Personnel: Sleepy John Estes (vocals, guitar); Sleepy John Estes; Yank Rachell (vocals, guitar, mandolin); Son Bonds (vocals, guitar, kazoo); Charlie Pickett (vocals, guitar); Sonny Boy Williamson I (vocals, harmonica); Big Joe Williams (guitar); 'Tee', Sonny Boy Williamson II , Tee (harmonica); Johnny Hardge (piano); William Michell, Alfred Elkins, Raymond Thomas (bass instrument); Brass Band (washboard); Robert Lee McCoy (guitar, harmonica); Dan Tobin Smith, Elijah Jones (guitar); Hammie Nixon (harmonica); Lee Brown (kazoo, piano); Jab Jones (piano); Washboard Sam (washboard).
Additional personnel: Brownsville Son Bonds (guitar); Son Bonds, Yank Rachell, Charlie Pickett.
Liner Note Author: Neil Slaven.
Recording information: Aurora, IL (09/24/1929-??/??/1947); Chicago, IL (09/24/1929-??/??/1947); Memphis (09/24/1929-??/??/1947); New York, NY (09/24/1929-??/??/1947).
During the folk and blues revival of the 1960s, John Adam "Sleepy John" Estes experienced what the entertainment industry referred to as a comeback. This meant that a young and ethnically diverse generation of listeners was able to hear him perform in person, creating a surge in popularity that led to further recording sessions and a European tour while generating interest in the records he'd made prior to the Second World War. In 2007, Estes' early works were remastered, annotated, and reissued by JSP on the four-CD set Legendary Country Blues Artists along with recordings of comparable vintage by James "Yank" Rachell, Son Bonds, and Charlie Pickett. The radial pattern of this collection is geographically centered in Brownsville, Tennessee, northeast of Memphis and not far from Ripley where Estes was born in January 1904. JSP's selection begins with 14 sides cut for the Victor label in Memphis during the autumn of 1929 and the spring of 1930. These were variously released as by Estes, Rachell, or the Three J's Jug Band. The participation of pianist Jab Jones constituted a strong link with the Memphis Jug Band, and Rachell's mandolin compares nicely with that of Charlie McCoy. Estes' high-pitched vocals are similar to the keening of Frankie Half Pint Jaxon and J.B. Lenoir. The rural sounds of the duos, duets, and small groups in this set have tones and textures in common with those by the Mississippi Sheiks and Peg Leg Howell, minus the fiddles.
The first of Estes' 30 Decca recordings were made in Chicago in July 1935; more than half were waxed in New York in 1937 and 1938. In June, 1940 Estes was back in Chicago waxing what were to be his last six Deccas in collaboration with guitarist Robert Nighthawk. The third disc in this set is devoted to the early recordings of Yank Rachell. Although he is mainly remembered as a mandolin player, this set provides numerous examples of his guitar technique as well. Rachell was a convincing vocalist who sounded at times a little like the young Muddy Waters. Many of his sides, which were cut in Chicago and New York during the years 1934-1941, feature harmonica legend John Lee Sonny Boy Williamson and master percussionist Washboard Sam. The fourth disc opens with Rachell but is mainly devoted to Brownsville Son Bonds, who sometimes emulated the style of East St. Louis legend Peetie Wheatstraw and in turn appears to have had some measure of influence on John Lee Hooker. There's also a fair amount of action by mouth organist Hammie Nixon, who put down the harp and blew jug on four gospel tunes recorded in 1934. Estes is heard on some of the Bonds sides, as well as a set of hokum performances stoked with kazoo and washtub bass which were recorded for Victor's Bluebird series in 1941 by a group billed as the Delta Boys. This outstanding archive of classic rural blues closes with four titles cut in New York in early August 1937 by Charlie Pickett, Nixon, and pianist Lee Brown. It's worth noting that the Document label has devoted an entire CD to Brown's recordings from the years 1937-1940.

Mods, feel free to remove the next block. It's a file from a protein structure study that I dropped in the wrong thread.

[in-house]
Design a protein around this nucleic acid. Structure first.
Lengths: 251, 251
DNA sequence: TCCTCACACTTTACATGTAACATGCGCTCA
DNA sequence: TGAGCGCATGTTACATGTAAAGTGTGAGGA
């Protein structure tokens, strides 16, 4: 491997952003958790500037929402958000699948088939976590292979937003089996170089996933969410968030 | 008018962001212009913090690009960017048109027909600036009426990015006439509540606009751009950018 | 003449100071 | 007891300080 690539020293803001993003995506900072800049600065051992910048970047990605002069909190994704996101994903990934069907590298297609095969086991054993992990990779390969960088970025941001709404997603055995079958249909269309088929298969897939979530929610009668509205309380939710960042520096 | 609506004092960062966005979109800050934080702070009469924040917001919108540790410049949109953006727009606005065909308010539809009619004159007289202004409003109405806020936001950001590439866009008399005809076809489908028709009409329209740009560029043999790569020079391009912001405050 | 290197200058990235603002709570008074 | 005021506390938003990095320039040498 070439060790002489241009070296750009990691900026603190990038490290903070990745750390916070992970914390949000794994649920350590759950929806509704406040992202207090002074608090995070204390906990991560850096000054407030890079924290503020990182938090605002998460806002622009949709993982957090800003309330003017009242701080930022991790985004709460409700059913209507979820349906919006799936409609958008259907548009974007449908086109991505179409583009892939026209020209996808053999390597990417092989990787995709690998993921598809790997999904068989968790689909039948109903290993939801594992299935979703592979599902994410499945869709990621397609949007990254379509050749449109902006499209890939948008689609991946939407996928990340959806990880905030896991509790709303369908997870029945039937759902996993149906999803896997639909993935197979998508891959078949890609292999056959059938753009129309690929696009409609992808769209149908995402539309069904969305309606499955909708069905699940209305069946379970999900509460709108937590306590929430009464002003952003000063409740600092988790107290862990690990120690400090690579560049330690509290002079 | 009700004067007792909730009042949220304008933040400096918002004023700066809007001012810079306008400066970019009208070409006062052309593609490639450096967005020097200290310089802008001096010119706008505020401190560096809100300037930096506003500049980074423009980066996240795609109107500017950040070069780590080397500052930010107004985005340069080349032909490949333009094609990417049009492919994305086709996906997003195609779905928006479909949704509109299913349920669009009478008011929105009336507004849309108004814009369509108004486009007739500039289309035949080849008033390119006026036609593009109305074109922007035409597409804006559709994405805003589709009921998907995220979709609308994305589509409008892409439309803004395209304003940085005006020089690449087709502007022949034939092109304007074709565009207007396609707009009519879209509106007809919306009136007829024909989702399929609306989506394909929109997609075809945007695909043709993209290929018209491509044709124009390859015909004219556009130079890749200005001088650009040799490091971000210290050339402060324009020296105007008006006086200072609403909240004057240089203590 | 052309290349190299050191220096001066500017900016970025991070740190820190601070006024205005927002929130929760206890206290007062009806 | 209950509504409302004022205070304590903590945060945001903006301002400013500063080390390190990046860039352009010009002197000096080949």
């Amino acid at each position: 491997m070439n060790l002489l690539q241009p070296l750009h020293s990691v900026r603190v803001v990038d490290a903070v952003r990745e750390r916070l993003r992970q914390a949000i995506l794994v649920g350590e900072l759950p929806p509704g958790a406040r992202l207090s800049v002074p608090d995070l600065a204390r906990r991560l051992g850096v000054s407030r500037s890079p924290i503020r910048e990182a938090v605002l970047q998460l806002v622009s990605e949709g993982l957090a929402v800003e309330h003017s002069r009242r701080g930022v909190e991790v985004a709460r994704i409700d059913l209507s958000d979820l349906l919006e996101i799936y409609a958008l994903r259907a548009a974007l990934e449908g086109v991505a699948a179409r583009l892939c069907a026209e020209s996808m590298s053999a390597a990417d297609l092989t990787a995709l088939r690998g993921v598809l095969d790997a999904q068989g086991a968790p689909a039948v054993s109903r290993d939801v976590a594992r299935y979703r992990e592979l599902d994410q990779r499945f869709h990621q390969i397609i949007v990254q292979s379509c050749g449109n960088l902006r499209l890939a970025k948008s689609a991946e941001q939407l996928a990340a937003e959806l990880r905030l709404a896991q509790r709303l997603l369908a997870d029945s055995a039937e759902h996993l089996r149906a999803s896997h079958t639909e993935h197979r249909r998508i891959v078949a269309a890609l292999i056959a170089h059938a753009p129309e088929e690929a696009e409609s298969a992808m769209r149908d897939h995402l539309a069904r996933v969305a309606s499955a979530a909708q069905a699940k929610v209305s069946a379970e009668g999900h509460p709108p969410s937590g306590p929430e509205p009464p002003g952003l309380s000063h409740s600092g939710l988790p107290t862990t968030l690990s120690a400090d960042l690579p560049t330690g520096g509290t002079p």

The blues compiled on JSP's Sleepy John Estes box is strongly steeped in the lessons of real life. Stories are woven throughout the music and the textual annotations that come with each disc in the set. As members of a racially designated underclass, each of these men subsisted throughout most of their lives as manual laborers. Estes for example was a born sharecropper, while Rachell farmed and worked the railways. Life was tough and death could be sudden. Williamson, in fact, was robbed and murdered while walking home from a gig on the South Side of Chicago in June 1948, less than a year after Bonds was shot to death while sitting on his front porch at midnight in Dyersburg, just north of Ripley. Estes lived until 1977, Nixon passed in 1984, and Rachell survived into 1997. Some of the material on this set was reissued by JSP in 2002 on a double-disc compilation, The Legendary 1928-1930 Recordings, along with tasty cuts from Cannon's Jug Stompers and the Noah Lewis Jug Band. Other labels which have made passes at reproducing these early sides include Document, Classic Blues, Yazoo, and Fremeaux. JSP's four-CD box set is by far the most thorough and comprehensive survey of historic early sides by Estes and his running buddies from Brownsville. It is recommended for casual listening while preparing food at home, working in the garden, or driving around on back roads. ~ arwulf arwulf